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Avoid Distractions And Make Progress

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Tam Connors-Sadek has been using the Cambridge English Empower course, and is pleased with the result.

Tam Connors-Sadek knows what summer school students are like. They have a penchant for memorising tables of tenses, and collecting – like lexical magpies – long lists of sophisticated vocabulary.

All this can make them feel like their English is progressing fast, but Tam – who was director of studies at the Sheffield University General English summer programme last year– knows this isn’t always the case. He says: ‘Students love to learn endless lists of words, but they become a sort of lexical graveyard because they don’t know what they mean or are unable to use them because they are above their level.’

But how to get students out of this habit of obsessing over distracting high-brow words and phrases, when they also should be working on learning to use, competently and fluently, the words and grammar they already know? It was in trying to figure this out that Tam discovered the new Cambridge English Empower course.

With 400 staff and students visiting the summer school over a 10 week period, he knew he had to get it right. This new course for adult and young adult learners, he says, takes a best practice approach to language learning, stripping out distractions and helping students to focus. At lower levels, authentic texts have been adapted so as not to overload the learner.

‘If you use authentic materials 100 per cent you can’t control them’ he says. ‘Some of the texts have been graded down, perhaps rather than saying ‘he uttered’ you might say ‘he said’. ‘If you use ‘utter’, suddenly the teacher is off at a tangent trying to explain a couple of lexical items which aren’t essential to the whole theme.

‘One of the biggest problems is that students tend to focus on both. The one thing they will take away is the word ‘utter’. This wastes a lot of time in the classroom and can distort what is important for them.’

Tam explains that part of the philosophy behind the Empower series is based on Krashen’s ‘comprehensible input plus one’. He says: ‘This means that much of what is in the books, they should understand, while a manageable amount should be beyond their level and challenging them. The idea is that they learn how to use the grammar and the vocabulary appropriately for their level rather than trying to run before they can walk.’ A big issue has been with students on Ielts courses. He says: ‘They tend to learn lots of academic vocabulary, academic phrases but they can’t really just basically communicate with anybody.

The course, he says, helps them to step back and build ‘strong foundations’. ‘I found this approach quite logical’, he says. When he first introduced the course, the reaction of some students was not entirely positive, but this soon changed. ‘For the first few days, quite a few students said ‘this is too easy, we don’t want this sort of stuff’.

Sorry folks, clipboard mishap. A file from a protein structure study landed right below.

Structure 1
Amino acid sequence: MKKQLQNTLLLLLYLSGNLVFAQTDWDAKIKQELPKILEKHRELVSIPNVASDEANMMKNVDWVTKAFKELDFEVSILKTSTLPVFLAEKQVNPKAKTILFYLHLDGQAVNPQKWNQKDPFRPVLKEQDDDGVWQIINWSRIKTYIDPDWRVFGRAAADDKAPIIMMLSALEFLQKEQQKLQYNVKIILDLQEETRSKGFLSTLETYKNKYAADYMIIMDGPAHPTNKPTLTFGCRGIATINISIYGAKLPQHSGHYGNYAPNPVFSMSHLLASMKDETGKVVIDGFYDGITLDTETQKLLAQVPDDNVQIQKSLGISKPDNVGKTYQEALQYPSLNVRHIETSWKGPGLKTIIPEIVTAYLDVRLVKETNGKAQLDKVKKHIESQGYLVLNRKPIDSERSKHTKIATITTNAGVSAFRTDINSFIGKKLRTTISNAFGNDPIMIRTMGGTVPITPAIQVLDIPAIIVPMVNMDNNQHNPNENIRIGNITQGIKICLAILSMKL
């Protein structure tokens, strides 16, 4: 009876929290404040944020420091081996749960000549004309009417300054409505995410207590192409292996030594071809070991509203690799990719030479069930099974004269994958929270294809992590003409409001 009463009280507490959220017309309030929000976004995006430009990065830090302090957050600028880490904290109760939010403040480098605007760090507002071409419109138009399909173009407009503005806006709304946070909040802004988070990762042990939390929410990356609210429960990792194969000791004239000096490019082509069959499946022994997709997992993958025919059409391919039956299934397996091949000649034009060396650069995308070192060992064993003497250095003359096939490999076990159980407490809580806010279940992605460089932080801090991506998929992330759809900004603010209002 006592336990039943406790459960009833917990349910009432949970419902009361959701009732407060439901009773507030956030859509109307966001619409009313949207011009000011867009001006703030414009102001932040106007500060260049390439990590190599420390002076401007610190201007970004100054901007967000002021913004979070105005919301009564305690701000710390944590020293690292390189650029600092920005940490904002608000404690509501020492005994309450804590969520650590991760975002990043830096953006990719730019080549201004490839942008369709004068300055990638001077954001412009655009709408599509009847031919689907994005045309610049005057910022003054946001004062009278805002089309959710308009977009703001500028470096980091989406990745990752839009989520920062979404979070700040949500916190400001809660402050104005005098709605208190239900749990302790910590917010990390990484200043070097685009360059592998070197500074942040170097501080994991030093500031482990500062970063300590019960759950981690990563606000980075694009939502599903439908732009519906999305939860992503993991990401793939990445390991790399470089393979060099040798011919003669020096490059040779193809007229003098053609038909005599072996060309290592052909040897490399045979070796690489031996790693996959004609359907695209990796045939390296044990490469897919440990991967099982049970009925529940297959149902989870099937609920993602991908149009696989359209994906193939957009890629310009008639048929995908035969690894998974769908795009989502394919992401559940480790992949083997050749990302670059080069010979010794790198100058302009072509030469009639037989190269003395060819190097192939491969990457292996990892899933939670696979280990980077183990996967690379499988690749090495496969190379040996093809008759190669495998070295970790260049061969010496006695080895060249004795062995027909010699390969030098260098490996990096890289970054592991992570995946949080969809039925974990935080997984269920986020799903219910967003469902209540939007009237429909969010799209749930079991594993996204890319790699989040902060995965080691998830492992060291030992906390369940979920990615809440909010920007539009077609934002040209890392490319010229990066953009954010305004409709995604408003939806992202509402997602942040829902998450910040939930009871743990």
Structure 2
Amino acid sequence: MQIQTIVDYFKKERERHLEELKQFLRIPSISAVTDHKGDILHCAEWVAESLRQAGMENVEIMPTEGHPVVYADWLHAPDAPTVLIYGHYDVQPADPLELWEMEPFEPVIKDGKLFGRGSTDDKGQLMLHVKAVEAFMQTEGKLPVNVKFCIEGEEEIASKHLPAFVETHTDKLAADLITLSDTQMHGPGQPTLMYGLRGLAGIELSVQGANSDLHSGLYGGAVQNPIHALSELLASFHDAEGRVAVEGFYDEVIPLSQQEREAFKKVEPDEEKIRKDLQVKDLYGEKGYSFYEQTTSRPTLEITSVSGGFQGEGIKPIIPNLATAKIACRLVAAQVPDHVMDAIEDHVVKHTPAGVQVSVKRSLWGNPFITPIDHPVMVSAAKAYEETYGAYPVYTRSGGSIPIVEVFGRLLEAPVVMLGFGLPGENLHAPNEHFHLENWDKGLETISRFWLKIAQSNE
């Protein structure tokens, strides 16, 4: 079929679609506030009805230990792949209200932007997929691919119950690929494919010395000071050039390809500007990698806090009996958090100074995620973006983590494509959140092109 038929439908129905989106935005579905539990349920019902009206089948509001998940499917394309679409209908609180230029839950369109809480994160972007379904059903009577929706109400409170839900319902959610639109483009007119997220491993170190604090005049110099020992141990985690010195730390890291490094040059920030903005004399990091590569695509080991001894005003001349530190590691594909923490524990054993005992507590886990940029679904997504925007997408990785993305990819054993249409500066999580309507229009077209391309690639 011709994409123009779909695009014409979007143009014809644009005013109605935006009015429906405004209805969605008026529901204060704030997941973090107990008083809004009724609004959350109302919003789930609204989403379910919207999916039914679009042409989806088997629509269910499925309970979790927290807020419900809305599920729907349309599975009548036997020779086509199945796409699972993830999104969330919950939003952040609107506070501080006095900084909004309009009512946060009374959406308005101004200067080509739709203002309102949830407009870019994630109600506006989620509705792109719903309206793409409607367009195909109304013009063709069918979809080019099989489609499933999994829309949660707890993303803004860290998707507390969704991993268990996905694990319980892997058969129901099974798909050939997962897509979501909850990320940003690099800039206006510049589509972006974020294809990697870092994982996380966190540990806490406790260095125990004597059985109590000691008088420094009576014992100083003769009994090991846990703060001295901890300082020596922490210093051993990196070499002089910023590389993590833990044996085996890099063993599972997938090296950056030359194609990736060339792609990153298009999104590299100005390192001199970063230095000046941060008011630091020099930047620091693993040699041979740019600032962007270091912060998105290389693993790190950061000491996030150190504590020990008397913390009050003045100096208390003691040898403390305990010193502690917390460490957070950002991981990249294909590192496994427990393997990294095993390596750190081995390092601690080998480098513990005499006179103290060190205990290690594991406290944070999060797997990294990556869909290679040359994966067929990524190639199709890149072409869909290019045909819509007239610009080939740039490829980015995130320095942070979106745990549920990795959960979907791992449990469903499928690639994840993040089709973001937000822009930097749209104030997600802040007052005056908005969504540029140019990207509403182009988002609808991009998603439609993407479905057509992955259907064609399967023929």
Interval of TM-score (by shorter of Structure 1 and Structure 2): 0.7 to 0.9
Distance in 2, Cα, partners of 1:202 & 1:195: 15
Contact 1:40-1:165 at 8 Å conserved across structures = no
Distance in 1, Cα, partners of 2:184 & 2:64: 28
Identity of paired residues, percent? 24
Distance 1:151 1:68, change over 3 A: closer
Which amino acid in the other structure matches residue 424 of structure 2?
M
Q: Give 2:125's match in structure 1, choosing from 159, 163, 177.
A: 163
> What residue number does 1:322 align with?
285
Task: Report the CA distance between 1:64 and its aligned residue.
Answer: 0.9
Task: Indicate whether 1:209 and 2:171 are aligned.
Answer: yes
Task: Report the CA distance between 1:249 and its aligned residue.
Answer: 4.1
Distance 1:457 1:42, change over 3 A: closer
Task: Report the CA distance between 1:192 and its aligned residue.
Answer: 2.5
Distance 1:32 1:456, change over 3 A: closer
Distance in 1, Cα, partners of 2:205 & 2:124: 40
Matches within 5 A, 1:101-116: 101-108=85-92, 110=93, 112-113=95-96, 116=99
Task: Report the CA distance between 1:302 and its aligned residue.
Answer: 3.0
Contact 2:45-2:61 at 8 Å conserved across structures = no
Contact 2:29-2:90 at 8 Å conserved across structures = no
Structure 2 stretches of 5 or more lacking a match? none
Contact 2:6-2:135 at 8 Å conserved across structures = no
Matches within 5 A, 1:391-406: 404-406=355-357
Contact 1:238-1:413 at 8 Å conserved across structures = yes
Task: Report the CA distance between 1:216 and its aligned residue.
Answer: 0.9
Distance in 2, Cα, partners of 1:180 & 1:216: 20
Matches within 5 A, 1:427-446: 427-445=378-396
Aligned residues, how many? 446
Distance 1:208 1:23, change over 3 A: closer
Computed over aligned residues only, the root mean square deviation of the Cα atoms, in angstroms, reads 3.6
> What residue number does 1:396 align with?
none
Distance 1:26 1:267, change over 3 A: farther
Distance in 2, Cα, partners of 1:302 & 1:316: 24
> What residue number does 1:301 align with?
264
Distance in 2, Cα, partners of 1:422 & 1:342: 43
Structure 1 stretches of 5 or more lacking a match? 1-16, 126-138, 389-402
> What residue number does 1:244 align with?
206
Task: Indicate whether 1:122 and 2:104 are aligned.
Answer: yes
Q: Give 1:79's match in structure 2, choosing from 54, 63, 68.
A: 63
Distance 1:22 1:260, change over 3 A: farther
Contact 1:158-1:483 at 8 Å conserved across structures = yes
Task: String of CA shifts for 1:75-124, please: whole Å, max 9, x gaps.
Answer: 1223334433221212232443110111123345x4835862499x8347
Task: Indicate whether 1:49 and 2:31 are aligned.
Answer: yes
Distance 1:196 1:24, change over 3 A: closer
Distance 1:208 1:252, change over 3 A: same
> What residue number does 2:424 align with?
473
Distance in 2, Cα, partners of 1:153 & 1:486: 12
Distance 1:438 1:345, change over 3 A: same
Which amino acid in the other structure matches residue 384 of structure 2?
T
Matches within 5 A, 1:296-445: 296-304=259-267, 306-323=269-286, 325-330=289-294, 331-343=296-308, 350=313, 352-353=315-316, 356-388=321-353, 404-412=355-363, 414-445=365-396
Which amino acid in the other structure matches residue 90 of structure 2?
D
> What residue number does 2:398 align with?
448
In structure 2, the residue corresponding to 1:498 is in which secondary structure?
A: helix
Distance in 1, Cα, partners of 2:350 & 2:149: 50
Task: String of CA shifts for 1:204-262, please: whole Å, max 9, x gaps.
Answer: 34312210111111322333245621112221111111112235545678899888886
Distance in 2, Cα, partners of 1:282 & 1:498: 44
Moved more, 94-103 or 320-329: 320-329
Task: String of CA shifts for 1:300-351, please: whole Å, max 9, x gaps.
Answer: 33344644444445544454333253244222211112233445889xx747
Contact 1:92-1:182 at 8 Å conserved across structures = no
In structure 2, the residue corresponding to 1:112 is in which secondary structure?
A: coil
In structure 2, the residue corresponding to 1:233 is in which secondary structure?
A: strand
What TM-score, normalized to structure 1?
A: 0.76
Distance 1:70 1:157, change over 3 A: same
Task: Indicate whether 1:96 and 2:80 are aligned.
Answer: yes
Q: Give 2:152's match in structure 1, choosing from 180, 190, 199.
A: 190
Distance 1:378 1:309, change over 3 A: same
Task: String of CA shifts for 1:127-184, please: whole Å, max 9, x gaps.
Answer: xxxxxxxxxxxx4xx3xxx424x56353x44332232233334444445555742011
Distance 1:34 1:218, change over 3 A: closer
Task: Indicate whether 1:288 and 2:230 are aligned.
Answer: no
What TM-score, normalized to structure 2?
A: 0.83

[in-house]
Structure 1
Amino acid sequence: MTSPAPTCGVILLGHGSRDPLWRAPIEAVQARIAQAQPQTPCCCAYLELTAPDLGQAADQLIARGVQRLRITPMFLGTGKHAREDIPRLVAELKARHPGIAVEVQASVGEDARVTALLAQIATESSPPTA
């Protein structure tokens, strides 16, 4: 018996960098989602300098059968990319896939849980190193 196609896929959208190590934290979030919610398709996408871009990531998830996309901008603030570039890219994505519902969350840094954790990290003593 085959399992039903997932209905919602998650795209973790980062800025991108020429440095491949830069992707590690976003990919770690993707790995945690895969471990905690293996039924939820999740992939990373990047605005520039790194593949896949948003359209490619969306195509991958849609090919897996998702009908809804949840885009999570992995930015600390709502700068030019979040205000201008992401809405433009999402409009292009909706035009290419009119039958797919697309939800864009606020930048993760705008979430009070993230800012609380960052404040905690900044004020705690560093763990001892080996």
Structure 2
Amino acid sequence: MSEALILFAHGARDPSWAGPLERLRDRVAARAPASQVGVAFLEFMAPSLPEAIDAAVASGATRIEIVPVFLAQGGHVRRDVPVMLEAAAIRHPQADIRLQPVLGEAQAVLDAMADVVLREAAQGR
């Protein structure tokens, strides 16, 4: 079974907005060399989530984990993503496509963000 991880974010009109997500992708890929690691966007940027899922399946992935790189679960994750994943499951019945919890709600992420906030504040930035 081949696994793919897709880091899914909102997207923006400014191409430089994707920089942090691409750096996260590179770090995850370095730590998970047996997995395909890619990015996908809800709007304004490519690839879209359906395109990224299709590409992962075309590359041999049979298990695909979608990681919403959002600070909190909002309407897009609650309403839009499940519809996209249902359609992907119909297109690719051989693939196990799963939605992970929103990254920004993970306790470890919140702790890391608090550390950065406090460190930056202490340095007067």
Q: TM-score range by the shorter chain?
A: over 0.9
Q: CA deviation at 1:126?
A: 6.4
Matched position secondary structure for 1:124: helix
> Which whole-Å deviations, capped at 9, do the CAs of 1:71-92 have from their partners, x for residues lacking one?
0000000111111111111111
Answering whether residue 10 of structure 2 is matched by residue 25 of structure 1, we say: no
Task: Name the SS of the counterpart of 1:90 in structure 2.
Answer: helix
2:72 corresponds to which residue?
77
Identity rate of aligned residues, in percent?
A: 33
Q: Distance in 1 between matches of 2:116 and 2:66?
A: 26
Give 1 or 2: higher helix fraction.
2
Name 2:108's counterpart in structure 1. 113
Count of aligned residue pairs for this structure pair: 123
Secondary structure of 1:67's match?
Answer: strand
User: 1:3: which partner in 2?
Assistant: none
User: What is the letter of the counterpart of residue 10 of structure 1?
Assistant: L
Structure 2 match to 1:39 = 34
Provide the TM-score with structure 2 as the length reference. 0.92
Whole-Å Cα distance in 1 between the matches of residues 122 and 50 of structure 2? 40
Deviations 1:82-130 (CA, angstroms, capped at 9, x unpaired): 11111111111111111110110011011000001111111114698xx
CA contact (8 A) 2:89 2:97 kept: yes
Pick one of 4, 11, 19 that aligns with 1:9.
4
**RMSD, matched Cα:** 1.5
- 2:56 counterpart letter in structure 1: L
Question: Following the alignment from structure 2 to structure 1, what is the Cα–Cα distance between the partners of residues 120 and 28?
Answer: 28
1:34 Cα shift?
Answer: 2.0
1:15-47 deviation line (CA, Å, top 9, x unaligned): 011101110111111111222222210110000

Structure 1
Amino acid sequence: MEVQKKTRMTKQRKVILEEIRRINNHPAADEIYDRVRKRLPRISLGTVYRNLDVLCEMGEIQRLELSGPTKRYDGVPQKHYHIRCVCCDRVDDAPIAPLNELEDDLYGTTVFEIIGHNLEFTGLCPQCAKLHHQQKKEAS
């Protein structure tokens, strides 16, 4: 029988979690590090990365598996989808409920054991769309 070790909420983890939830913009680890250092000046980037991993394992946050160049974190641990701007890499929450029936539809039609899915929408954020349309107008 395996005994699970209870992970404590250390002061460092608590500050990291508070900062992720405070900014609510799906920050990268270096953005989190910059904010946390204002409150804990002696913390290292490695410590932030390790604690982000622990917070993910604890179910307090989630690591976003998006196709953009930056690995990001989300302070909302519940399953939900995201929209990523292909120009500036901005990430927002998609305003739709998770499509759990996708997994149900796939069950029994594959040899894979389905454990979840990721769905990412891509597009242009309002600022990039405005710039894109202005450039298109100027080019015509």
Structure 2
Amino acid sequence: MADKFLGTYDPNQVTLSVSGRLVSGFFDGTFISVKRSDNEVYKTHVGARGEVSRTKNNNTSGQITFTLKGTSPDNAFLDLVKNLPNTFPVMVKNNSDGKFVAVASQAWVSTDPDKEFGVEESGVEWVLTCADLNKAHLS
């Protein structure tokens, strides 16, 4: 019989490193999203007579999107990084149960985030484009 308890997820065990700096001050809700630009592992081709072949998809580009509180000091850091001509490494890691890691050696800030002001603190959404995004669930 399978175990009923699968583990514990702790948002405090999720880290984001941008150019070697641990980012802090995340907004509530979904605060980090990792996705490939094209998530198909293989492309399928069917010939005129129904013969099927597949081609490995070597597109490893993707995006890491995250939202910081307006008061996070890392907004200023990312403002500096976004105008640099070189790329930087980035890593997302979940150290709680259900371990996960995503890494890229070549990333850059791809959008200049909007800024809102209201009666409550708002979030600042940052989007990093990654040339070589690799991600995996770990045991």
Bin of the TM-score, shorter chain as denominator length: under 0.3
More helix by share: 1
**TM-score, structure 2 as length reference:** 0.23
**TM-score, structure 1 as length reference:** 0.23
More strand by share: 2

‘I said wait until the end of the week and see how you feel. By the end of the first week they had all kind of changed their minds. They actually found they were learning practical competence and how to use things more accurately when they weren’t confronting so many unknown lexical items.’ The classroom material is accompanied by regular integrated assessment, validated by Cambridge English Language Assessment, which allows students to learn in class and test themselves and study online at home.

Tam says: ‘For the Asian students, tests are something they are quite used to, they quite like tests. Most English language teachers don’t like testing students – it could be a levelling process or it could be counter-productive.’ ‘But with the Empower course it is all based around learning-oriented assessment… depending on how students perform in the tests, they are directed either to additional practice or to extension activities. Also, teachers don’t have to mark the online tests and activities. Everything is marked online so students can instantly see how they’ve done.

‘During tutorials, it gives the teacher a starting point for feedback. It stops students going under the radar as it can all be monitored by the teacher.’ Students have access to the online materials for 18 months, so can continue working on them long after they leave the summer school. This, Tam says, went down well with visiting professors from Japan and South Korea. ‘The more we used the book and explored the online platform, the more we realised that this was far more than ‘just another new book’ and is potentially a game-changer’, he says.

Cambridge English Empower: www.cambridge.org/empower 
Cambridge English Empower is a finalist in the ELTons 2017 Excellence in Course Innovation category.